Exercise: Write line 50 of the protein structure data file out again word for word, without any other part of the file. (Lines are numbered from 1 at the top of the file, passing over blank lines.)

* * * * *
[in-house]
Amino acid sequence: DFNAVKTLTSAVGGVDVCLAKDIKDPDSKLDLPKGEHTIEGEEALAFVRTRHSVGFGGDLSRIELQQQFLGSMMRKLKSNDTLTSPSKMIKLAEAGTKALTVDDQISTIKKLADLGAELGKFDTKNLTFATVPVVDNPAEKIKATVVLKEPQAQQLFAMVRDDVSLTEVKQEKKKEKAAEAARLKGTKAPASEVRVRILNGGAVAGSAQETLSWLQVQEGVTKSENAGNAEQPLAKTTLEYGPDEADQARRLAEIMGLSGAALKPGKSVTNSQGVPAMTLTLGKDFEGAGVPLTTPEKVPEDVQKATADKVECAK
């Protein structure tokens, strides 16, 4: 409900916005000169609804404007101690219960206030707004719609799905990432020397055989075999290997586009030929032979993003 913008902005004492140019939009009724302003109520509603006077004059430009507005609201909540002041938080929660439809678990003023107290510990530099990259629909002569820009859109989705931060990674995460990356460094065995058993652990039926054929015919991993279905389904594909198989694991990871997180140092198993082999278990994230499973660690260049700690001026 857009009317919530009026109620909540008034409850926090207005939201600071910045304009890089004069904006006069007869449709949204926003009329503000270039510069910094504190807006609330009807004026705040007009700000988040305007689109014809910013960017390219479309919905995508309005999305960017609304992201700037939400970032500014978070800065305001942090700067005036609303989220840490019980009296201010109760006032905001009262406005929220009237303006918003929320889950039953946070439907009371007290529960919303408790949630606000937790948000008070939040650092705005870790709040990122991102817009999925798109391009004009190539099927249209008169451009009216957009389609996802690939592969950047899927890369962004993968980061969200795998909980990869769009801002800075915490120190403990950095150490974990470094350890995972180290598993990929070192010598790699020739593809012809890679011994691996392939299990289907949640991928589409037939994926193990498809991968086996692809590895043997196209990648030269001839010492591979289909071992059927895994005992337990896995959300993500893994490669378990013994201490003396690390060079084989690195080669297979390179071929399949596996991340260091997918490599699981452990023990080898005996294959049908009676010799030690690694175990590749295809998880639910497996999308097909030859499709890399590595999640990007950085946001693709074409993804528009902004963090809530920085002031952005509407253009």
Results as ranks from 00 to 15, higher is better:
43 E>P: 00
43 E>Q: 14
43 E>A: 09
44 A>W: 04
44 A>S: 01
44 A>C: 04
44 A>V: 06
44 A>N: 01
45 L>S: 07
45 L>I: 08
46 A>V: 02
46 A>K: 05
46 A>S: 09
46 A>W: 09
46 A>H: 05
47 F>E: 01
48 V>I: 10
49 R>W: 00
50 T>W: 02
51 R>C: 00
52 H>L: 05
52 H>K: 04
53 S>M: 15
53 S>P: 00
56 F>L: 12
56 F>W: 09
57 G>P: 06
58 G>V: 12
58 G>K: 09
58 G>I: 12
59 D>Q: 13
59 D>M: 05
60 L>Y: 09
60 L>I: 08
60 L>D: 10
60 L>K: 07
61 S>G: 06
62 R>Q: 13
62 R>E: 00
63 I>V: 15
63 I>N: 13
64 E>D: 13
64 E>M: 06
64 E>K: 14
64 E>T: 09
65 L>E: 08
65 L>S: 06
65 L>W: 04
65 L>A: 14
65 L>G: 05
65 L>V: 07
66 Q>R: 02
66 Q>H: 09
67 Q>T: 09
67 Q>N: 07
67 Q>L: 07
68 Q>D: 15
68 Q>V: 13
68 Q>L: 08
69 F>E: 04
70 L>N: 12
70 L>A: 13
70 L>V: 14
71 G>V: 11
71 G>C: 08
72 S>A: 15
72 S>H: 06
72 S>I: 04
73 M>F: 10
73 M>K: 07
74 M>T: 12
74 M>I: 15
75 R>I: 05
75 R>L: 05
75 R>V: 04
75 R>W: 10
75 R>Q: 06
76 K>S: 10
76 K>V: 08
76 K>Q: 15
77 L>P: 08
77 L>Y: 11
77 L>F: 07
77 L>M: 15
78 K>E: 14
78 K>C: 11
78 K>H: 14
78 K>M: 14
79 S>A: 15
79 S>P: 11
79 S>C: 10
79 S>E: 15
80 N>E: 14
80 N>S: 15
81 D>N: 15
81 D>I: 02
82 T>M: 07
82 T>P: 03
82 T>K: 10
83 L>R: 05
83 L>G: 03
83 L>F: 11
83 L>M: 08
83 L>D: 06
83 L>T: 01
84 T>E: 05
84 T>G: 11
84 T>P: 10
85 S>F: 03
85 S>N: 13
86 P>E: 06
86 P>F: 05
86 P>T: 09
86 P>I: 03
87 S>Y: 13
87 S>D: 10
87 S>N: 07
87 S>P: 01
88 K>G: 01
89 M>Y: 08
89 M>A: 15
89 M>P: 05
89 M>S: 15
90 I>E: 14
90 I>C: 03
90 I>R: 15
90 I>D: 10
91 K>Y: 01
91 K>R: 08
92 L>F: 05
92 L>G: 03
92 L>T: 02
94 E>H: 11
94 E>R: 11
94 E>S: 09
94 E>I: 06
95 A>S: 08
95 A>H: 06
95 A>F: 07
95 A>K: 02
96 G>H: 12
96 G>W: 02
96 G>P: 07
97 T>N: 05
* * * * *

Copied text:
65 L>E: 08